Suite 214
Atlanta, GA 30339
Phone: (404) 256-4050
Email: info@GeorgiaPolicy.org
Website: http://www.georgiapolicy.org/
Twitter: https://twitter.com/gppf
Facebook: https://www.facebook.com/GeorgiaPolicy/
Instagram: https://www.instagram.com/georgiapolicy/

Articles and resources

IRS Form 990 Filings

2018

2017

2016

2015

Related SourceWatch articles

References

  1. 1.0 1.1 1.2 1.3 Georgia Public Policy Foundation, "Who We Are", organizational website, accessed August 22, 2016.
  2. CSPAN, Video Discussion, Organizational Video Conference, JULY 15, 2020
  3. Nick Surgey, New Attorney General, Exposed, October 13, 2016
  4. Office of the Attorney General, Attorney General Bio Government Website, accessed: August 2020
  5. 5.0 5.1 Sheldon Whitehouse, "Senators Call Out Web of Denial Blocking Action On Climate Change," Office of Senator Sheldon Whitehouse, July 15, 2016.
  6. Jay Riestenberg, Big Telecom, Exposed, February 21, 2014
  7. David Armiak, https://www.exposedbycmd.org/2019/11/13/revenue-state-policy-network-state-affiliates-tops-120-million/ Revenue for State Policy Network and State Affiliates Tops $120 Million], ExposedbyCMD, November 13, 2019.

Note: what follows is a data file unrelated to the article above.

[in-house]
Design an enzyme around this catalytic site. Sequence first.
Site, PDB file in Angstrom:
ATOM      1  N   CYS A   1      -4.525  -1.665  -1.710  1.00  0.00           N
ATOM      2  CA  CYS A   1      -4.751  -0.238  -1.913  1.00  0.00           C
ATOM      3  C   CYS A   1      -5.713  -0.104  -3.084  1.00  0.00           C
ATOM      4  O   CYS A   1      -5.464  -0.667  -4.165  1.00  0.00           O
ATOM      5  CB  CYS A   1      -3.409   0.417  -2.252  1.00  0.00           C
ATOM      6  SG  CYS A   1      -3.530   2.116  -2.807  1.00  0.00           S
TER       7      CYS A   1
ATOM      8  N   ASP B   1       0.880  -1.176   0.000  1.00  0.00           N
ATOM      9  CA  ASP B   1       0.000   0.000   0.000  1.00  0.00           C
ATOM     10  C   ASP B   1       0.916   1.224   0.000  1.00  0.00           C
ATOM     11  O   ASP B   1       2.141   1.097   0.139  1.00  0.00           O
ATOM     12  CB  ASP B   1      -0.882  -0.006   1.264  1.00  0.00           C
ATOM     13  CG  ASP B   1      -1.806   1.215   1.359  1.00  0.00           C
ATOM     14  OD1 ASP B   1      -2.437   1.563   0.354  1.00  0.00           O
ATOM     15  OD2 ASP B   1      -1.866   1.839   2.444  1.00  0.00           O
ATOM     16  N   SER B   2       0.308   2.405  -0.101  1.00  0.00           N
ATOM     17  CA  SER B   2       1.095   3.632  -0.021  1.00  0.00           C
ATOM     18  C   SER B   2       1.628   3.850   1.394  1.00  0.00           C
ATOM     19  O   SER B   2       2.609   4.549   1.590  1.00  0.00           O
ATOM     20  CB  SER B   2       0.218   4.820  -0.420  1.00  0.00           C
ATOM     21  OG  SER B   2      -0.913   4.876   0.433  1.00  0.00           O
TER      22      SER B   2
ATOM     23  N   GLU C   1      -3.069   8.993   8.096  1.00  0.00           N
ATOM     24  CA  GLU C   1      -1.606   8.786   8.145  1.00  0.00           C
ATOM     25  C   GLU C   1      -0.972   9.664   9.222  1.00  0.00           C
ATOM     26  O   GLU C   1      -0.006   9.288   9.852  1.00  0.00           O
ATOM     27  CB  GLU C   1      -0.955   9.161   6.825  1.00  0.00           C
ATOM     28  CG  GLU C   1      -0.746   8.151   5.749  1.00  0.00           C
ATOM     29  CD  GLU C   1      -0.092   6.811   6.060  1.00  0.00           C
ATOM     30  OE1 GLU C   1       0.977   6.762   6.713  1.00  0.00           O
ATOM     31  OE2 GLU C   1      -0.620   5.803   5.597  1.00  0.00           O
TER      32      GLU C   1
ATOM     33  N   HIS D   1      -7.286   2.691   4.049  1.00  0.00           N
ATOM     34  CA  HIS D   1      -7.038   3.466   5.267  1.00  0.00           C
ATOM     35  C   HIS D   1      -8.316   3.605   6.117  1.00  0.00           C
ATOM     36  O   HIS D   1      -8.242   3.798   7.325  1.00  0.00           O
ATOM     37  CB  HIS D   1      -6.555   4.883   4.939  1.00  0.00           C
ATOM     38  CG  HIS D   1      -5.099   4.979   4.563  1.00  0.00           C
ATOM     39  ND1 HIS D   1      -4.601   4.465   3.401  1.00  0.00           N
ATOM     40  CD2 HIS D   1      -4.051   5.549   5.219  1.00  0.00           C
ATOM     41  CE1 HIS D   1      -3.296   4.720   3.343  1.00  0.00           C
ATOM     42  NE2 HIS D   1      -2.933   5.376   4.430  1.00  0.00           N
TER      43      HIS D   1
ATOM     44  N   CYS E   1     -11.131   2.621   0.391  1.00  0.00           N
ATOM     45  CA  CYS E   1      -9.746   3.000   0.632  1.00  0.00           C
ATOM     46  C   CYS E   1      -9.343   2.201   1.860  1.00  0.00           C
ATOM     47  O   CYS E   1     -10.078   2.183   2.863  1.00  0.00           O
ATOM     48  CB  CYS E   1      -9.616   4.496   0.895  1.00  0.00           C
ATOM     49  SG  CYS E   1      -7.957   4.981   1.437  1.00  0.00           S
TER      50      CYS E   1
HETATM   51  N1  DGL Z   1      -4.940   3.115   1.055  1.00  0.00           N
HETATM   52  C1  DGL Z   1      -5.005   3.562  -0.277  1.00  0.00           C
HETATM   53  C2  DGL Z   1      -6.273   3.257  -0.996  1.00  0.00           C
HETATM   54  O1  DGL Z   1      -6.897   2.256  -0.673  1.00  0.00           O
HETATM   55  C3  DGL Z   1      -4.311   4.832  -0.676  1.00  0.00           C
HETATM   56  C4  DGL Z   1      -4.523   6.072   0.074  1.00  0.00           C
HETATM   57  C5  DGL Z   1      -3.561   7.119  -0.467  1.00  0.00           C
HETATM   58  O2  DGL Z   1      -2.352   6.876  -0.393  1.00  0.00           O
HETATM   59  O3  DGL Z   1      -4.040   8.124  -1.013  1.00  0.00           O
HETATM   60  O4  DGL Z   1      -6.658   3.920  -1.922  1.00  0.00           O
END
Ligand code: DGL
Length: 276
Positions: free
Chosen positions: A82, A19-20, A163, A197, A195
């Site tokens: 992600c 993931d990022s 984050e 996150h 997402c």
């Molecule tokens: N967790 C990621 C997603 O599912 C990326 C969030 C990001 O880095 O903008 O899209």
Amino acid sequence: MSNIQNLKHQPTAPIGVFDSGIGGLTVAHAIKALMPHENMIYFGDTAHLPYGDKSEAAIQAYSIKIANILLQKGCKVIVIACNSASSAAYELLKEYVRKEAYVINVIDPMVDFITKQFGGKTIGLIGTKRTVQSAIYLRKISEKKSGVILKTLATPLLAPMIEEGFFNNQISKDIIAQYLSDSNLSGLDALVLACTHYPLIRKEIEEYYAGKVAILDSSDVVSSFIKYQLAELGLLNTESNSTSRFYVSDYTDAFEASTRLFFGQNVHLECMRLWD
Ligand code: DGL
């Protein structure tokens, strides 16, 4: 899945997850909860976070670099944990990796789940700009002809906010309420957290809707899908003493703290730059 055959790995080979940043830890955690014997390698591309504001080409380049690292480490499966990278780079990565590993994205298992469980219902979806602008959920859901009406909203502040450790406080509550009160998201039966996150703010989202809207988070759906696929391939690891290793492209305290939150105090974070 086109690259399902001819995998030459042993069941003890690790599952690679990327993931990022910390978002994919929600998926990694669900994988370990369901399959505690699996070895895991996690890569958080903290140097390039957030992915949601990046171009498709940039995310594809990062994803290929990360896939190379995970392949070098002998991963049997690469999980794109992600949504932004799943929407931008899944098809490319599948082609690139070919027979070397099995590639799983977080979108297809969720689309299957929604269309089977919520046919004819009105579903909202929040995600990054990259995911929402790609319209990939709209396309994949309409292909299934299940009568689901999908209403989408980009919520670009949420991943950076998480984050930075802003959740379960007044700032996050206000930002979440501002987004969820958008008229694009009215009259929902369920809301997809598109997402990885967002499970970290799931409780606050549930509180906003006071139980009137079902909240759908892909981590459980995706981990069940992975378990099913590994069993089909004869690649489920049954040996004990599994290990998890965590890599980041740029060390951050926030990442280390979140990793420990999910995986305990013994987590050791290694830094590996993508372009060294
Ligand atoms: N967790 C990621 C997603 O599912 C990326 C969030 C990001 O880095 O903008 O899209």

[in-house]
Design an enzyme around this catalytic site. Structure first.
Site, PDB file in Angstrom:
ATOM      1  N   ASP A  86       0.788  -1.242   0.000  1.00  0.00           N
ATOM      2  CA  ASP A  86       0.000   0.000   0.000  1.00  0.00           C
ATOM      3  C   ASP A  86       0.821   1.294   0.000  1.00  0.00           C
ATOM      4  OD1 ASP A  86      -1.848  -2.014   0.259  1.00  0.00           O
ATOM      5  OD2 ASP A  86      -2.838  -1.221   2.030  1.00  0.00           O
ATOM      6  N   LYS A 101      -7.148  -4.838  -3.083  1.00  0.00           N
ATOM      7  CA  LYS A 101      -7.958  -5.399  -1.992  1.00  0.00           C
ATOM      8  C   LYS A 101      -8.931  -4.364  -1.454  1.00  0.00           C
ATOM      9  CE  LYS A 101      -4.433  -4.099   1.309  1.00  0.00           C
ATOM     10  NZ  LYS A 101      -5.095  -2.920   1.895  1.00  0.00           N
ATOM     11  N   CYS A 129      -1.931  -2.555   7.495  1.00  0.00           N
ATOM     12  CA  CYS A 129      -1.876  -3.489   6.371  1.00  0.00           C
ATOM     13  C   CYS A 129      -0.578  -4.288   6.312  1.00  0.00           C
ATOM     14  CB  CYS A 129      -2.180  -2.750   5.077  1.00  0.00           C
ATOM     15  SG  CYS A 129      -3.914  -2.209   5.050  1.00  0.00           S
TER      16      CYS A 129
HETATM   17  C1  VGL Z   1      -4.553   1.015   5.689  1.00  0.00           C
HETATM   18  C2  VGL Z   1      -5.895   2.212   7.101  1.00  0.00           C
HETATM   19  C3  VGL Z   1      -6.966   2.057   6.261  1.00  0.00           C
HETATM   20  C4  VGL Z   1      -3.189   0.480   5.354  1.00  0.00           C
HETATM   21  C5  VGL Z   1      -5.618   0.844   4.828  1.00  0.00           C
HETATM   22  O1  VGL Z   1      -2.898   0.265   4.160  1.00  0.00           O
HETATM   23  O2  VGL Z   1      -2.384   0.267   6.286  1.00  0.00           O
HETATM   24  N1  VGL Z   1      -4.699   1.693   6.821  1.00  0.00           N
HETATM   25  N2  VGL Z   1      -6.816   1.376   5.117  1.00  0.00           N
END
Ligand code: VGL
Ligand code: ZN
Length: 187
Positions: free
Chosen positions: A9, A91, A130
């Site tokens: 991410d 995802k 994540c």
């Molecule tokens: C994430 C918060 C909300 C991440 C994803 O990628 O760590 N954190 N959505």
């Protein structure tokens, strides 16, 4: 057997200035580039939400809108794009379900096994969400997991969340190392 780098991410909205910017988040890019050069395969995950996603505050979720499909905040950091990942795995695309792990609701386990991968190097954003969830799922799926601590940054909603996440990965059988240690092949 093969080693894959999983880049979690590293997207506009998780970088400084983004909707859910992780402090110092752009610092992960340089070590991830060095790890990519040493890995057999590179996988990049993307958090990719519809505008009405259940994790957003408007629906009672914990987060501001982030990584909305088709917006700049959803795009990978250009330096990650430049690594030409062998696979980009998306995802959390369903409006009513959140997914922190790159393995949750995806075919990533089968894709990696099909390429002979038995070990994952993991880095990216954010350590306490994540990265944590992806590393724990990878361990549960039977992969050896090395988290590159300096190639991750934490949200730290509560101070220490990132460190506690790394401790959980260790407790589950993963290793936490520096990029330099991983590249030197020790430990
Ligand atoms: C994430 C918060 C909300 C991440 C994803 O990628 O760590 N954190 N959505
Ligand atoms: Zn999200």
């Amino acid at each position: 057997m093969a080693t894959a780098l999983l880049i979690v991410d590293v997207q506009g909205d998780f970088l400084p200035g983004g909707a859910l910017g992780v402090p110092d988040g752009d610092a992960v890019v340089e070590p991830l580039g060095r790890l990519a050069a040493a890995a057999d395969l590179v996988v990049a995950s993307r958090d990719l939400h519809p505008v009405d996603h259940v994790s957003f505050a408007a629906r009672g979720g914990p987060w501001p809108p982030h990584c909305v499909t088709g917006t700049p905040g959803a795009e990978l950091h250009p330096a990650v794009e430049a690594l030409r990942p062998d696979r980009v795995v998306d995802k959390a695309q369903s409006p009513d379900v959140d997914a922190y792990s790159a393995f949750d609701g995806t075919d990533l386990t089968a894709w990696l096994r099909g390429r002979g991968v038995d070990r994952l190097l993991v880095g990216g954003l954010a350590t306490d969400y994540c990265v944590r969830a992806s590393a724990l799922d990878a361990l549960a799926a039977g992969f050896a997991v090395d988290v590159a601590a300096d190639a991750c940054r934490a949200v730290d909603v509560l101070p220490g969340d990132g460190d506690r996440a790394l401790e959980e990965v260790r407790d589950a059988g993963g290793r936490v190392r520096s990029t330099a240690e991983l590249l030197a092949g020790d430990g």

8. Rebekah Wilce, Center for Media and Democracy, EXPOSED: The State Policy Network -- The Powerful Right-Wing Network Helping to Hijack State Politics and Government, organizational report, November 13, 2013.
  9. Jane Mayer, Is IKEA the New Model for the Conservative Movement?, The New Yorker, November 15, 2013.
  10. Ed Pilkington and Suzanne Goldenberg, State conservative groups plan US-wide assault on education, health and tax, The Guardian, December 5, 2013.
  11. Franklin Center, Franklin Affiliates in Your State, organizational website, accessed October 2012.
  12. The Franklin Center for Government and Public Integrity, Think tank Journalism: The Future of Investigative Journalism, organizational website, accessed August 19, 2011.
  13. Rebekah Metzler, "Watchdog" website puts a new spin on politics, The Portland Press Herald, October 2, 2010.
  14. Allison Kilkenny, The Koch Spider Web, Truthout, accessed August 19, 2011.
  15. Sara Jerving, Franklin Center: Right-Wing Funds State News Source, PRWatch.org, October 27, 2011.
  16. 16.0 16.1 Paul Abowd, Center for Public Integrity, Donors use charity to push free-market policies in states, organizational report, February 14, 2013.
  17. Andy Kroll, Exposed: The Dark-Money ATM of the Conservative Movement, Mother Jones, February 5, 2013.